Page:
Summer of '49 Mass Market Paperback – April 2, 1990
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About the Author
David Halberstam was one of America's most distinguished journalists and historians. He covered the beginnings of the Civil Rights movement and reported for the New York Times on the war in Vietnam. The author of fifteen bestsellers, he won the Pulitzer Prize for his Vietnam reporting. He was killed in a car accident on April 23, 2007, while on his way to an interview for what was to be his next book.
- Publisher : Avon; Reissue edition (April 2, 1990)
- Language : English
- Mass Market Paperback : 352 pages
- ISBN-10 : 0380710757
- ISBN-13 : 978-0380710751
- Item Weight : 4.8 ounces
- Dimensions : 4.19 x 0.88 x 6.88 inches
- Best Sellers Rank: #866,287 in Books (See Top 100 in Books)
- Customer Reviews:
Top reviews from the United States
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Then for reasons I cannot explain, I turned to baseball. I had at best a passing acquaintance with the game. I attended some Detroit Tiger games at Tiger Stadium. The last being in 1991 when I was 28. But the positiveness of the game struck me. The "wait till next year," and the passion fans have for eternally losing ball clubs, was something I can relate to. We can marvel and rejoice at Kirk Gibson's immortal home run in 1988. But I think even more, we can relate to Boston's Bill Buckner's error that cost the Red Sox game 6 in the 1986 World Series. Who hasn't committed some gaffe in their lives?
There was something about the legendary Yankees Red Sox rivalry, but I believe that there was a larger than life quality to the players of that era. Their names, their passion for the game and their prowess was the stuff of legend: Joe and Dom DiMaggio, Ted Williams, Tommy Henrich, Phil Rizzuto, Birdie Tebbets, Yogi Berra, Mel Parnell. These days, I can go to YouTube or mlb.com and watch almost any player of the last 25 years and watch highlight moments with a click of a button. I think because not every moment was filmed or recorded for these players, their deeds take root in the imagination. There's film of the era, but it's grainy and all we are left with are photos of the season. When TV was in the future, we had to rely on the great announcers like Mel Allen and Red Barber to paint the scene for us. That allowed for us to fill in the gaps with color and pageantry in our imaginations, the perfect accompaniment to what they would so eloquently say over the airwaves.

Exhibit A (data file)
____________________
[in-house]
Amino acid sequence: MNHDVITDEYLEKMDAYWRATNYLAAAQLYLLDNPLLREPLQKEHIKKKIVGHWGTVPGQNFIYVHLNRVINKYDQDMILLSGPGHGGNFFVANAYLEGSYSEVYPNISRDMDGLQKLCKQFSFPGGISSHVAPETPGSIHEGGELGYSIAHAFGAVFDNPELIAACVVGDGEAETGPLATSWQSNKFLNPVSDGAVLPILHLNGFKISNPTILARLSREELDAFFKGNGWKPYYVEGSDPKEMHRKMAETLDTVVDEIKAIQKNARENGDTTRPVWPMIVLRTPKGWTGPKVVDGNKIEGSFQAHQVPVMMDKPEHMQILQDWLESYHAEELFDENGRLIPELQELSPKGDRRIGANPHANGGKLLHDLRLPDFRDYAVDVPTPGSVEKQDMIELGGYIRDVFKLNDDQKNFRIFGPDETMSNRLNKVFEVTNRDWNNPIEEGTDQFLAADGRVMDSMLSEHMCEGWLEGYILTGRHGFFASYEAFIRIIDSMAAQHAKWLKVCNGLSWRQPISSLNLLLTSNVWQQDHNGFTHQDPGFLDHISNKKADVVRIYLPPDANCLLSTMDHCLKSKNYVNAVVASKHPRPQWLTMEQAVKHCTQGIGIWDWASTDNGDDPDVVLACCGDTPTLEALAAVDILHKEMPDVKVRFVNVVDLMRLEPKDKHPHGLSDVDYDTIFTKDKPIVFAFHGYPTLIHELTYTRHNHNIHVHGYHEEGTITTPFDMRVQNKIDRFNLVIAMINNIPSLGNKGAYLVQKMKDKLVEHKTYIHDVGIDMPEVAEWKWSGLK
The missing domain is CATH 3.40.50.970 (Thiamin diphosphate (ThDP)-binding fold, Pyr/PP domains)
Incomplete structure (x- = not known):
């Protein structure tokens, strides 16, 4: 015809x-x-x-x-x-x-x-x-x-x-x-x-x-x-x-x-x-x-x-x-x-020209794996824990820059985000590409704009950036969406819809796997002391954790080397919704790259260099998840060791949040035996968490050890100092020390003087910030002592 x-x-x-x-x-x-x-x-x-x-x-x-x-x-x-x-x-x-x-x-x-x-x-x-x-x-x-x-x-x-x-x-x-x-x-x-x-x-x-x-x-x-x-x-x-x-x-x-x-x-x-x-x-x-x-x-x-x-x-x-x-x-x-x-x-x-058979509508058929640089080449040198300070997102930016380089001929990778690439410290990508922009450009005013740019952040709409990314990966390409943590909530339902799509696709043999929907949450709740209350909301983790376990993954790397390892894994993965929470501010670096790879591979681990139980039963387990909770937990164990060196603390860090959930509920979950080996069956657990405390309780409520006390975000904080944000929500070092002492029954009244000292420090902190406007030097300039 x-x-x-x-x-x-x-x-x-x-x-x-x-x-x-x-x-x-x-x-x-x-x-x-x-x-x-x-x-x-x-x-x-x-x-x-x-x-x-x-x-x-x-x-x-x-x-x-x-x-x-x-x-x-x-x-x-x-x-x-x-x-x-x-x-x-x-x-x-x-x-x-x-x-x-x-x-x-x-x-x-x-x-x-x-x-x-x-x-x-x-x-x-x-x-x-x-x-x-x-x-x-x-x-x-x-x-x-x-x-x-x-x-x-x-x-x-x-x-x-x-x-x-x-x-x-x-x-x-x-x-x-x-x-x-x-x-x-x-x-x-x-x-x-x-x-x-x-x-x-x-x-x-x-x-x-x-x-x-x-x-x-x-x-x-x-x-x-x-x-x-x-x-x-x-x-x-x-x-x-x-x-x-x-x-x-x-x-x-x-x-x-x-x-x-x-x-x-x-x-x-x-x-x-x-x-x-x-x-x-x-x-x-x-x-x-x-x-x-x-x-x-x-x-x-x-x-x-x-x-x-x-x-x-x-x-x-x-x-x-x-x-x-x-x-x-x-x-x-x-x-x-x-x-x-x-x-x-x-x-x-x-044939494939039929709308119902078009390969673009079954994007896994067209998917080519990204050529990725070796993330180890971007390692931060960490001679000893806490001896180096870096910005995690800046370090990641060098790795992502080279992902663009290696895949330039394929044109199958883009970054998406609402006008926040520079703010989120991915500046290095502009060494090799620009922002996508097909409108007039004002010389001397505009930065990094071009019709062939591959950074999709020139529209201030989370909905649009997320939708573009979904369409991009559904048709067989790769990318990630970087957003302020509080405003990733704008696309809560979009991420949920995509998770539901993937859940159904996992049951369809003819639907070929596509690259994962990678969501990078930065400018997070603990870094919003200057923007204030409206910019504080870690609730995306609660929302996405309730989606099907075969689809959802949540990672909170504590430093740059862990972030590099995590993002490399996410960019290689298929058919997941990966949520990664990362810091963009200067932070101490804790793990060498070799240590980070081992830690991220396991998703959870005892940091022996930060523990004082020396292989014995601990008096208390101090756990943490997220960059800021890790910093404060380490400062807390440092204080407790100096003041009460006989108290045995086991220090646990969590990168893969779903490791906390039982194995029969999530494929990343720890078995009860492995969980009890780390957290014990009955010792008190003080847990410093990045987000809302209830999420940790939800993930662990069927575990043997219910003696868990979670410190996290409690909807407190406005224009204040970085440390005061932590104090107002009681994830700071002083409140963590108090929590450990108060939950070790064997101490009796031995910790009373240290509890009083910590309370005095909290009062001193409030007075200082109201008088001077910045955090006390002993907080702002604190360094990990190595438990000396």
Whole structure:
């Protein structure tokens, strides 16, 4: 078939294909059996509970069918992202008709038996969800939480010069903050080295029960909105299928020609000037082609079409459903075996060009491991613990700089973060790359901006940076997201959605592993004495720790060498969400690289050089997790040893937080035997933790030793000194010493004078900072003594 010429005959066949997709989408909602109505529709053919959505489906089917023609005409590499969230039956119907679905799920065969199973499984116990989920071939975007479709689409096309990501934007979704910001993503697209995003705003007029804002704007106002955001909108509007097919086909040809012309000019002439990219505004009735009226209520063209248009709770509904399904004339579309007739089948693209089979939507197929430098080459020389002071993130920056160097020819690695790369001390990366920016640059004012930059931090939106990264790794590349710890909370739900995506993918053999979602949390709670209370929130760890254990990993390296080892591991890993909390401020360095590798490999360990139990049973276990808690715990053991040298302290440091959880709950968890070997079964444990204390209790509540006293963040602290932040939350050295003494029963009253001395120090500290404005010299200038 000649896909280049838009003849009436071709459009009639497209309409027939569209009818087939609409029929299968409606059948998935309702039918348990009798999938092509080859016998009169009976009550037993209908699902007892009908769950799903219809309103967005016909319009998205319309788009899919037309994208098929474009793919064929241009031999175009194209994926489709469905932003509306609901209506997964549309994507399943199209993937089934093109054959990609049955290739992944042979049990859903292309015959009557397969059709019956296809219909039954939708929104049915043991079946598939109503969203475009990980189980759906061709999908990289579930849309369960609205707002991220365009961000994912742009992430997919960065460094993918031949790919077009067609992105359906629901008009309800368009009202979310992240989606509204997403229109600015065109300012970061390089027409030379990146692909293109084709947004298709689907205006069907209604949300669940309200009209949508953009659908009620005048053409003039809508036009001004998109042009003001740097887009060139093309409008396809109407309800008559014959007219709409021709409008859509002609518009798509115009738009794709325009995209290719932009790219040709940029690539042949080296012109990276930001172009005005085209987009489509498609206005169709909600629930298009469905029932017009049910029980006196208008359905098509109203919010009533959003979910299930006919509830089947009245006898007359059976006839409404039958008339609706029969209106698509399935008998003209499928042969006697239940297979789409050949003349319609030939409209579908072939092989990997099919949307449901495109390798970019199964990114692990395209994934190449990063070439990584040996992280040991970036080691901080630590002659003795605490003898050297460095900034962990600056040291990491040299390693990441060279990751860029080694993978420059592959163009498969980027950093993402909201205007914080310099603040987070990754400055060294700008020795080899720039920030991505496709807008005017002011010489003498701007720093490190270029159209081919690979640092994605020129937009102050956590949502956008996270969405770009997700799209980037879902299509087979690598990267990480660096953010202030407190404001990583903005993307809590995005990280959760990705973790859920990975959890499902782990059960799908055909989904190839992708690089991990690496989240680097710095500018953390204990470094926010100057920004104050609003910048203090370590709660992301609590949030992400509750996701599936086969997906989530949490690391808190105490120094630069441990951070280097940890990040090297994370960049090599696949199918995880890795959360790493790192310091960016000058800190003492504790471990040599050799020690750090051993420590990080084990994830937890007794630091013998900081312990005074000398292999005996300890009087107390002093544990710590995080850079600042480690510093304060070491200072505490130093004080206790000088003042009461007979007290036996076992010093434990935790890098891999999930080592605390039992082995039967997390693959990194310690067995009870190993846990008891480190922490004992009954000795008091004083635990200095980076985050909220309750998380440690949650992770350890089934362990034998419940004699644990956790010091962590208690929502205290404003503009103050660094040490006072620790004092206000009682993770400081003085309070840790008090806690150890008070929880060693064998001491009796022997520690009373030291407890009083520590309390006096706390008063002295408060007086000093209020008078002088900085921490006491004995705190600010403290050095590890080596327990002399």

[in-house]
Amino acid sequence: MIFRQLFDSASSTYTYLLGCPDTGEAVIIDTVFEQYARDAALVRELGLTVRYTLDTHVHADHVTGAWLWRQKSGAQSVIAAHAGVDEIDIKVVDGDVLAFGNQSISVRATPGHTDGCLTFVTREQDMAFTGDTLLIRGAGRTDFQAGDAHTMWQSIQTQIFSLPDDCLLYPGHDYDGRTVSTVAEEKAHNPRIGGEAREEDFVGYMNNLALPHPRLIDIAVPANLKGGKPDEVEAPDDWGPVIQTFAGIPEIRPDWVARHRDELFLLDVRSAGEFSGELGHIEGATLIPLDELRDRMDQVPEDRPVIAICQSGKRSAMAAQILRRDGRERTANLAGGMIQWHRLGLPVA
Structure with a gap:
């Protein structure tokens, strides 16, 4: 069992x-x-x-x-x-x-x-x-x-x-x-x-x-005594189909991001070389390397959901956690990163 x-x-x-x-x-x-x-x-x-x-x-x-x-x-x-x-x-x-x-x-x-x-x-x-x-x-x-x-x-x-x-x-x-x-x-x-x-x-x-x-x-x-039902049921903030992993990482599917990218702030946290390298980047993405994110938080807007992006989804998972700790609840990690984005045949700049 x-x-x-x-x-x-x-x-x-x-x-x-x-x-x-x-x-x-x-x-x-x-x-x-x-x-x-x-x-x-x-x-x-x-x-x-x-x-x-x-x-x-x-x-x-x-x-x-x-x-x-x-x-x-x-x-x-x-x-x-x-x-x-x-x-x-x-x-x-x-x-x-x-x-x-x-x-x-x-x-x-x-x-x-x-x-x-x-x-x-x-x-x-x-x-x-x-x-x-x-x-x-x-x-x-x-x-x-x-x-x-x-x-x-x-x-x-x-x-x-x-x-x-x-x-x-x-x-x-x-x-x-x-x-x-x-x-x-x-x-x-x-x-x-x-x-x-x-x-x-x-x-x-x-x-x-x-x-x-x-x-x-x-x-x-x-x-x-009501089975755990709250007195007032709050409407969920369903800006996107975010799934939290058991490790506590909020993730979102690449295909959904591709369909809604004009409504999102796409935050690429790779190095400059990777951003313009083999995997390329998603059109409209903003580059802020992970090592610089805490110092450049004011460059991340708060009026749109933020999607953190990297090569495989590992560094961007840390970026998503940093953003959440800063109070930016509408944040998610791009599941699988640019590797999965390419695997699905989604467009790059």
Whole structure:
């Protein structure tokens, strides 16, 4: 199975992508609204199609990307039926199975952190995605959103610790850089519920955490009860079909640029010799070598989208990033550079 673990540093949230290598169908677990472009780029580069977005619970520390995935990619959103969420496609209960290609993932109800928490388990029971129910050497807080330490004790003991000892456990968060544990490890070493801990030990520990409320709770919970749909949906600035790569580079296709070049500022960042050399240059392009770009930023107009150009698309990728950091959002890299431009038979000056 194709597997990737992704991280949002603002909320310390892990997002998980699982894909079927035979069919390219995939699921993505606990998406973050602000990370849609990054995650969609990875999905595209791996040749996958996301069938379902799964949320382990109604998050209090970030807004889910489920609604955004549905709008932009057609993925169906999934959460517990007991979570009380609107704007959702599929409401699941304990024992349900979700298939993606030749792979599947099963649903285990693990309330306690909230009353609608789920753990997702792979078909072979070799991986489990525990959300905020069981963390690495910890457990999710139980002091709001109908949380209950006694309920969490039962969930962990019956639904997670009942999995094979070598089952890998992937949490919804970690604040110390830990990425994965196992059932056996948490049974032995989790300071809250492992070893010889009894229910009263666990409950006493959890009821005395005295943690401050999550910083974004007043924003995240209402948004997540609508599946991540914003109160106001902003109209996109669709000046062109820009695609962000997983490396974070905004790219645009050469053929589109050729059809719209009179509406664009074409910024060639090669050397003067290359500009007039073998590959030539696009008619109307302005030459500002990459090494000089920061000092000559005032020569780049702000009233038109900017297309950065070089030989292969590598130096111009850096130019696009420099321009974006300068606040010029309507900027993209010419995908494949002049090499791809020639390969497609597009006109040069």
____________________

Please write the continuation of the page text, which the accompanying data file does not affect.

This book is a fast moving chronicle of the 1949 season. Boston looked fierce with a roster of power hitters anchored by Ted Williams. The Yankees, clearly aging, but competitive, lead by Joe DiMaggio, his career clearly on the wane looked vulnerable. Instead, what would emerge was a classic collision between longtime rivals and we would be left with a season to remember.
Halberstam was 16 when this season was underway. He was a Yankees fan and he cheered his heroes when they won and despaired when they lost. With Summer of '49, his book reads quickly and we can relive the last years when DiMaggio and Williams were still playing, still competing and not yet fading into legend and enshrinement in Cooperstown. It reads briskly and the only flaw I can think of is that the '49 World Series is only covered briefly.
Still, if you want to see an America where times were simpler, politics had their place and an entire nation sought some kind of salvation on the baseball diamond, this is the book for you.
The 1949 season turned out to be just as exciting as the Yankees and Red Sox’s battled it out for the American League pennant. The season began with the Yankees great Joe DiMaggios (who’d bridged the team from the Ruth/Gehrig era to the Mantle/Maris era) being out with an injured foot. The other great hitter was the Red Sox’s Ted Williams. Also playing for the Red Sox’s was Joe’s brother, Dominic. It was an exciting season in which the Yankees won the pennant in the last inning of the last game as the two teams battled it out.
Halberstam, who was a teenager during this season, captures the excitement that came down to the final inning. Once again, the Red Sox’s are disappointed. The Yankees win. Halberstam tells the story of this season, providing insight into the financial workings of baseball as well the changes that were taking place. This was a time when players still mostly traveled in trains, but planes were making their debut. It was also a time that most games, which had previously not been broadcast locally, were being on the air and great names were emerging in the broadcast booth, many who would soon become the well-known reporters who overshadowed the previously honored sportswriters. Even television made an appearance during the World Series. And for the Yankees, new names were rising up such as their new manager, Casey Stengel, and their rookie catcher, Yogi Berra. Other players who would grow into greatness were also beginning to make themselves known such as Willie Mays (whom the Yankees took a pass on due to his race).
Although I have never liked the Yankees, I was impressed with their teams discipline and how they instilled hard playing in each member of the team. Joe DiMaggio exemplifies this when asked why he plays so hard in games in which little was at stake and he responded that there might be someone in the crowd who’d never seen him play. For anyone who enjoys baseball, this is a good read.
Top reviews from other countries
It might not resonate as well with younger readers.